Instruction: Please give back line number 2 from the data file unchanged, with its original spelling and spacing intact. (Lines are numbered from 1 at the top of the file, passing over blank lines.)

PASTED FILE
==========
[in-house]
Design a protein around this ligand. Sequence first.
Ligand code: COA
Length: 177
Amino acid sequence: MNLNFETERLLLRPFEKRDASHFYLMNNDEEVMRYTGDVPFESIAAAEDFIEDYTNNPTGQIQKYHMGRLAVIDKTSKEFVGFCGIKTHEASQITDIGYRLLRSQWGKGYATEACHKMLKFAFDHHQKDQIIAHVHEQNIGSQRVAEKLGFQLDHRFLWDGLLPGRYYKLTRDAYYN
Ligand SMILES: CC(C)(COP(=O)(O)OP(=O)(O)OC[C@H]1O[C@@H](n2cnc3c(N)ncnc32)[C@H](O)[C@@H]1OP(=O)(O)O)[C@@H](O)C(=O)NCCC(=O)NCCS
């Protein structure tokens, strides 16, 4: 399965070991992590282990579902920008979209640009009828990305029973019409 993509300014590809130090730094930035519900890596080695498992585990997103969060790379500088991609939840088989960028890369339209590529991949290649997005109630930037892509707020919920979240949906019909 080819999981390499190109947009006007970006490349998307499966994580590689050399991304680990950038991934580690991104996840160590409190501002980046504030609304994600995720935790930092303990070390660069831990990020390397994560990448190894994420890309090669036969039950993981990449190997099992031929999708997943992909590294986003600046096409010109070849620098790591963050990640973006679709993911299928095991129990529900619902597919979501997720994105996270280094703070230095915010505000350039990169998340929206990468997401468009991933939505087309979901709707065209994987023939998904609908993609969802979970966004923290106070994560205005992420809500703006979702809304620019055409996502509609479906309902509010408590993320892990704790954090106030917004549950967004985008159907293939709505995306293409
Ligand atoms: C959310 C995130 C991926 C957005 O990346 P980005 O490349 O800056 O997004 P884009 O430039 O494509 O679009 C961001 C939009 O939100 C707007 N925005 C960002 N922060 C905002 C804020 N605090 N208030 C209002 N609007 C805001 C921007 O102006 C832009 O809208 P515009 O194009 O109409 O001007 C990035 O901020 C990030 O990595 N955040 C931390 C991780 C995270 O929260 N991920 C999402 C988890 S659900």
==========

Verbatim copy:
Design a protein around this ligand. Sequence first.